Playing the ‘Deviser of the voice and of its hearer and of himself’, Frederick Neumann lumbers on to the set in a tattered overcoat, old boots, and a hat, complete with cane and cigarette. He begins: ‘A voice comes to one in the dark. Imagine’. Neumann delivers the exact words of Company for an hour and a half, only breaking mid-way through the text for a short intermission. But within moments of Neumann’s first entrance on an already dubious set, many other visual and aural problems, as well as poor directorial choices, become apparent.

 


Neumann, a beefy looking man with a barrel chest, seems wrong for this part — especially so if we accept the critical opinion that Company contains autobiographical snippets from Beckett’s early Dublin days. The lanky, emaciated, and genuinely haunted look of David Warrilow (a former member of Mabou Mines who performs exquisitely in A piece of monologue) seems far more germane to the role. Moreover, Neumann’s irrepressible good health, good cheer, and abundant physical energy transform Company’s ‘Voice’ into a jocular and frenetic man who inexplicably possesses an intensely lyrical tale which he wants to share with an audience. Three poor judgments converge here: as played by Neumann, the Voice lacks the pensive sensitivity of recollected pain necessary along with a felt connection to his current words. And, most mistakenly, Neumann acknowledges the existence of the theatre audi­ence, by self-consciously playing to us. Spectator complicity dramatically completes a production of Not I and A piece of monologue, but in Company it creates an extraneous dynamic which perverts the communication circuit at hand.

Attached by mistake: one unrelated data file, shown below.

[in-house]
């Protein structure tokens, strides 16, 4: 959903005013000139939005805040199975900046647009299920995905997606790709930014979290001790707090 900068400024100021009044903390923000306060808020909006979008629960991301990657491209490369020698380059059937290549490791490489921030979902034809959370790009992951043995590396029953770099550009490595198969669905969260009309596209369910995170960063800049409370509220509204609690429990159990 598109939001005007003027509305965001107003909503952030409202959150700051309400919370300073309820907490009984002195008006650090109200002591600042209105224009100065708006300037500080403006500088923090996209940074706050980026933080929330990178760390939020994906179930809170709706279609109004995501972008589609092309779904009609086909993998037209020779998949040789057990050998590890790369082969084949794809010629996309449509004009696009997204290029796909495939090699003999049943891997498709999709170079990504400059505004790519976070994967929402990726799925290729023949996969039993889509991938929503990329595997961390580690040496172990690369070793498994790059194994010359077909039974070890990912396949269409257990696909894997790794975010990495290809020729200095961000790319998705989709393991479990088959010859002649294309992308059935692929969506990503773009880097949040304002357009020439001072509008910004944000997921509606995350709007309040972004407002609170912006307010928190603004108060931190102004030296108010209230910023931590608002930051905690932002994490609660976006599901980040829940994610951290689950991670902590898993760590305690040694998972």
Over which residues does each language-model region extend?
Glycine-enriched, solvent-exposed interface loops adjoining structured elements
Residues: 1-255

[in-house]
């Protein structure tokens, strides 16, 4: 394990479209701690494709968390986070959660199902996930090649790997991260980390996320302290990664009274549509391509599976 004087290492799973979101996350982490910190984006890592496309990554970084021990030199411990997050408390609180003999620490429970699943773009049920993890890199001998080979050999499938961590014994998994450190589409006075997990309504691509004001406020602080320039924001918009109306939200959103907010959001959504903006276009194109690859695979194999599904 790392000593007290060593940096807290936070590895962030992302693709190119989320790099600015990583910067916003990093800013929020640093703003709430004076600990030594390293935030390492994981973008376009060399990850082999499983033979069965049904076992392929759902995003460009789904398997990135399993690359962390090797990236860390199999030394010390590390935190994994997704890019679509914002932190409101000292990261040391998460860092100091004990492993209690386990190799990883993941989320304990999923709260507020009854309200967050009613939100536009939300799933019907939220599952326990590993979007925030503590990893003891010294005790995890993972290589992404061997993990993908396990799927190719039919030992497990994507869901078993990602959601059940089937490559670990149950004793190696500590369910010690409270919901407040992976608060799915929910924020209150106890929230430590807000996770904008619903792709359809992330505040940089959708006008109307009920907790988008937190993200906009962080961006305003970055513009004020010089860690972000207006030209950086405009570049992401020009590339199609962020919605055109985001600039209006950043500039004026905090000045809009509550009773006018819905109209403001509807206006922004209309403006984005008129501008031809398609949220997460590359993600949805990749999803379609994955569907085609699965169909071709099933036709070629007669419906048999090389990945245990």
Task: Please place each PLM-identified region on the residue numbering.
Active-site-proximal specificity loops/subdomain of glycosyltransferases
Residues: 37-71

Without the presentation of a character feeling his lines, we are left with a recital of incongruous words, tones, and gratuitous gestures. In short, Neumann’s body and voice grate against the spirit of the text. When he jovially remarks ‘Same flat tone’ one wonders why Neumann did not heed one of the only performance cues in Company.

 

The directors of Company exhibit little understanding of Beckett’s rhyth­mic pauses and generous use of air between the text’s paragraphs. Instead of realizing these moments as protracted beats of stage silence, they fill the time—as if it were empty and boring—with taped loops of Philip Glass’s music for a jazzed up and certainly trumped up effect. If the directors trusted the text or the audience’s ability to endure the ‘pain’ of these requisite pauses, then these moments would have meaning and quiet beauty. With the music as filler, though, a sense of timid chatter invades the entire production.

 

In Part II, the stage becomes bare — save for the screens. When Neumann reaches the summerhouse sequence, all hopes for a credible adaptation fizzle. Honora Fergusson, as the summertime lover in ques­tion, silently appears upstage, awash in red light (why red?), yet obscured by an oversized hat. Her intrusive and dramatically useless presence underscores the directors’ purely theatrical vision of Company. Unfortu­nately, this vision excludes textual understanding; for the actual and live presence of others from the past, in the here and now, runs contrary to the nature of the narrative. And, indeed, the nature of narrative, not the nature of dramatic re-representation.